NORMAN — Personally, James Hanna didn't need a breakout game last season.
His coaches needed it from him.
When the OU tight end capped a career day by hauling in a game-sealing, 76-yard touchdown pass at Oklahoma State, it put the staff on notice about exactly what kind of ability Hanna held.
Hanna, of course, always knew.
That's why the game that Hanna describes as his most enjoyable last season did little to boost his confidence.
“To be honest, it probably did more for the coaches than me just because I've always believed I've had the ability to do something like that,” said Hanna, who finished the Bedlam game with four catches for 130 yards, both career highs. “But once everybody else sees it in the game, it kind of makes it more legitimate for everybody else.”
Now going into his senior season, Hanna wants to build on the success he found toward the tail end of last year.
“I'm trying to have a real good year,” Hanna said. “I'm certainly trying to appear on a few charts, like All-Big 12 or something like that. Other than that, I just want our team to do well.”
To do his part, Hanna wants to first focus on blocking. Hanna and fellow tight ends Trent Ratterree and Austin Haywood know it'll be critical to pump life in a Sooners' ground game that averaged just 3.3 yards per carry last season, last in the Big 12.
But Hanna also is hiding his desire to be a bigger part of the offense by catching more passes. He had just 18 receptions last season, though seven went for touchdowns.
If he's taken anything away from his Bedlam performance it's the feeling of being a big factor in a big game. It's a feeling Hanna wants to hold onto this season. In the game against the Cowboys, Hanna fondly remembers his reception in the first half that led to a field goal right before halftime. His pair of chain-moving catches in that contest also still excites him.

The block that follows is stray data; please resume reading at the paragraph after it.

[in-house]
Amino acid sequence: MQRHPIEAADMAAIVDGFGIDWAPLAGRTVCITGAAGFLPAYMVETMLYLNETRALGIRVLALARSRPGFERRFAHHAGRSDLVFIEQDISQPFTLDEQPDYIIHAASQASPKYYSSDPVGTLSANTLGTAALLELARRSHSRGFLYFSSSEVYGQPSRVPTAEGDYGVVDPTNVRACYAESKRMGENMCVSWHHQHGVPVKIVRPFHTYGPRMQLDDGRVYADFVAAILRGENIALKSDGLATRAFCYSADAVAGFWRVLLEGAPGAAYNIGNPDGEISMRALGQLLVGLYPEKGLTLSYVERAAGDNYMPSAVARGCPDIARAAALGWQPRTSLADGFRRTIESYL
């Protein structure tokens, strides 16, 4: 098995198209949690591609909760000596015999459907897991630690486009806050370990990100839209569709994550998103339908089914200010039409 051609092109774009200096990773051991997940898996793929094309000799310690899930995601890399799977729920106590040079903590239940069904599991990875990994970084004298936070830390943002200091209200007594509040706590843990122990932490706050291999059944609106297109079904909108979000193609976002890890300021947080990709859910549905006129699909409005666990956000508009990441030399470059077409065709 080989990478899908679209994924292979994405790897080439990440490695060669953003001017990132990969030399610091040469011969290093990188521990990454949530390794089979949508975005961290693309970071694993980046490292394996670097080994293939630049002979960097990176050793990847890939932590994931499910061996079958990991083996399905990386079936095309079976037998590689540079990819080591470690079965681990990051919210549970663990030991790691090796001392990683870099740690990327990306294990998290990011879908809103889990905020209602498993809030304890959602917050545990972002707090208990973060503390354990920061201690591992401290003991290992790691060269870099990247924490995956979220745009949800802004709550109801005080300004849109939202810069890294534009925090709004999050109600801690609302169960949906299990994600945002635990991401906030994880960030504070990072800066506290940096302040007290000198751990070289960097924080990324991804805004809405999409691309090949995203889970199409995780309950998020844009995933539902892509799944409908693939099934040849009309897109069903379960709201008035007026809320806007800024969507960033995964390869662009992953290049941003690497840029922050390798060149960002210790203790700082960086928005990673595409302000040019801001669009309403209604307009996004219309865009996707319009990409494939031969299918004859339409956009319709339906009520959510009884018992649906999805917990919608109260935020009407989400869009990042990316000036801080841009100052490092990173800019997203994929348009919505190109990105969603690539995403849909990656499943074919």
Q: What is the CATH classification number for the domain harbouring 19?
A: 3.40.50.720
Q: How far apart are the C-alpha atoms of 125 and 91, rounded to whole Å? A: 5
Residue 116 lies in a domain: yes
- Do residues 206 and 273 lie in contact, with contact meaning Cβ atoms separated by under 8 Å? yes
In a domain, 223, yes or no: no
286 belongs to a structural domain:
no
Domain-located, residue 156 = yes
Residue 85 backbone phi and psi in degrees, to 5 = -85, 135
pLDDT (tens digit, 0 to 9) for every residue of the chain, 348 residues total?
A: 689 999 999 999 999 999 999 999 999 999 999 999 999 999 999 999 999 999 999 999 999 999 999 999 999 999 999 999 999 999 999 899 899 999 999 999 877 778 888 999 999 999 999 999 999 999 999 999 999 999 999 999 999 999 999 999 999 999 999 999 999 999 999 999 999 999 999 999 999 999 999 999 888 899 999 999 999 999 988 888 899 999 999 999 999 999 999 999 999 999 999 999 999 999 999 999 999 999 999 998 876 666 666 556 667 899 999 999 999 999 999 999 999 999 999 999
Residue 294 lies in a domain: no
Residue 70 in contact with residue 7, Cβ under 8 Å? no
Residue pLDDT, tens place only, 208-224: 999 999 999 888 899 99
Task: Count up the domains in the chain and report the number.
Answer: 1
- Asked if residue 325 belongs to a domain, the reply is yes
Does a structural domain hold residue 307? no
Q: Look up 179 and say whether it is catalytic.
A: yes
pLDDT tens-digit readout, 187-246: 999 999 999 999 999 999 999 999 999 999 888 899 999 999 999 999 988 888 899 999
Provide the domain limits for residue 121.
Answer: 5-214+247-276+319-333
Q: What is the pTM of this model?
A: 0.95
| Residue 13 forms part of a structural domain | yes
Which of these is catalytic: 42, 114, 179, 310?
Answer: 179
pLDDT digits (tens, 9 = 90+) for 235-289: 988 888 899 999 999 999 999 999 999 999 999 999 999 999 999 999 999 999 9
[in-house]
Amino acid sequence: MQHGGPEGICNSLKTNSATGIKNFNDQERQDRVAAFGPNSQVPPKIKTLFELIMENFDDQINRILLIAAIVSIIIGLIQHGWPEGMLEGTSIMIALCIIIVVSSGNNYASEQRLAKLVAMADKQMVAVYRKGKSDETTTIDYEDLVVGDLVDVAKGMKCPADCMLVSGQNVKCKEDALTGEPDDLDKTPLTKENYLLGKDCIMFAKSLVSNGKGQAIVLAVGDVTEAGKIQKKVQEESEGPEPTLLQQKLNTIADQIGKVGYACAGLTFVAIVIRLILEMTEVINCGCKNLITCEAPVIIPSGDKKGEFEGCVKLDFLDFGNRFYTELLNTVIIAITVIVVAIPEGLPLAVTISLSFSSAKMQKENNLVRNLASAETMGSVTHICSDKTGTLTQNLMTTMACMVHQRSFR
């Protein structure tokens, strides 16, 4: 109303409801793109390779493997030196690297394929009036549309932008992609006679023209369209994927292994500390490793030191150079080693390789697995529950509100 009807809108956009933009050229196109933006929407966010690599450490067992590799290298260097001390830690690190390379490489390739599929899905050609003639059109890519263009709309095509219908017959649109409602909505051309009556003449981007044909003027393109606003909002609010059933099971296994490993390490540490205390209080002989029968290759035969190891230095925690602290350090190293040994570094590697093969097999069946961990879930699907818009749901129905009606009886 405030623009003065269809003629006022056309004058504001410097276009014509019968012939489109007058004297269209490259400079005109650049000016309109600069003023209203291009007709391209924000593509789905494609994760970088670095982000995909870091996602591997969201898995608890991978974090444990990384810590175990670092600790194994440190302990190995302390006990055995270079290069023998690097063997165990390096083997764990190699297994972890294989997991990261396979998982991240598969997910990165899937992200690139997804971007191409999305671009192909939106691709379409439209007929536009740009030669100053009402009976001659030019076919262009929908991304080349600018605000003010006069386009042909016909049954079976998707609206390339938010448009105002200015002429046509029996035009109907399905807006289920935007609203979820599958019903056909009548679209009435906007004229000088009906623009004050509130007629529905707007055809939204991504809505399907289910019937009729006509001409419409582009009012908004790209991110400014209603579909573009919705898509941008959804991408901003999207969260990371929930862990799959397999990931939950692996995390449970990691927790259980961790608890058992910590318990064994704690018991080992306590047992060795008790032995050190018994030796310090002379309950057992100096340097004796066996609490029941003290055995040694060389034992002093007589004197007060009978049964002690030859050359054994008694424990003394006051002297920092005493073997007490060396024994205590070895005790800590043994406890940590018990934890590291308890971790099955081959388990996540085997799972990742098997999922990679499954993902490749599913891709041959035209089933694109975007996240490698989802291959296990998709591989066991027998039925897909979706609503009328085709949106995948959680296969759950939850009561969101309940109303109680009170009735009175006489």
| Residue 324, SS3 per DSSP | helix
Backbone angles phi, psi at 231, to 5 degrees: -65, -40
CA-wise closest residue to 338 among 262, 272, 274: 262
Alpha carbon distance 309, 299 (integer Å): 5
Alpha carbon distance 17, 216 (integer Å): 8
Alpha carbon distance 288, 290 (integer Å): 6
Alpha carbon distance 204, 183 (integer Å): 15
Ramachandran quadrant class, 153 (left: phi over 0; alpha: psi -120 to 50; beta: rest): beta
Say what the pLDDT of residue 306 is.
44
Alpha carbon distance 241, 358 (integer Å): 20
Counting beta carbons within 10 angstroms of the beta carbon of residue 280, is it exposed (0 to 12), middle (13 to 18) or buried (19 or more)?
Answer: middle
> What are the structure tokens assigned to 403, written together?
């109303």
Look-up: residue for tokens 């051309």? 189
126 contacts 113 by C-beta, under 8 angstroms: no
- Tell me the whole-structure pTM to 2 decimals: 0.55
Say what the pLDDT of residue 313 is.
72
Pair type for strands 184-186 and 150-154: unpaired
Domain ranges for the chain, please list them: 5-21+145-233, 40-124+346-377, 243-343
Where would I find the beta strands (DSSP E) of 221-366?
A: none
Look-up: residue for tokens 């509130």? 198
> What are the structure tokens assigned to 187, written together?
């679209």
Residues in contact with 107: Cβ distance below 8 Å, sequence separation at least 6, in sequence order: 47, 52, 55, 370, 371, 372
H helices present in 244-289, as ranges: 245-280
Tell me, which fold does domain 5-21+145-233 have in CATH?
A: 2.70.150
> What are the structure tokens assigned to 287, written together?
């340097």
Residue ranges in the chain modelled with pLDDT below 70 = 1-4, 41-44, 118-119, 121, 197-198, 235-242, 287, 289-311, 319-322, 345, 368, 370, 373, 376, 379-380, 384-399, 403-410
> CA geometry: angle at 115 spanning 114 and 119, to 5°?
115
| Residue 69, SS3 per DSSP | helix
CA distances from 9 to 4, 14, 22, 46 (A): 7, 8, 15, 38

“Toward the end of the year, things kind of started going the way I hoped they would when I came here,” Hanna said. “I wanted to contribute and be a big part of what's going on offensively for our team. Hopefully that's going to be the way it goes this year, too.”
The coaching staff now expects nothing less.
“I probably couldn't have higher expectations for him,” said tight ends coach Bruce Kittle. “He's an extremely bright guy. Great athlete. He came into camp right at 250, which is where we targeted him. He's in great shape…So the sky's the limit for him.”
Hanna's mix of size and speed (he runs a sub-4.5 40) make him a nightmare matchup and a big-play threat anytime he touches the ball. And with the Sooners often lining up in two tight end sets, the opportunity for Hanna to leave his imprint on any game this season should be there.
“He's one of those guys that can kind of come out of nowhere because we have perimeter players that can do a good job,” said co-offensive coordinator Jay Norvell. “And if he can come out of nowhere on a naked or a power pass like he did in the Oklahoma State game, he kind of can get lost in the shuffle and really hurt a team. I think that just gives us more flexibility.”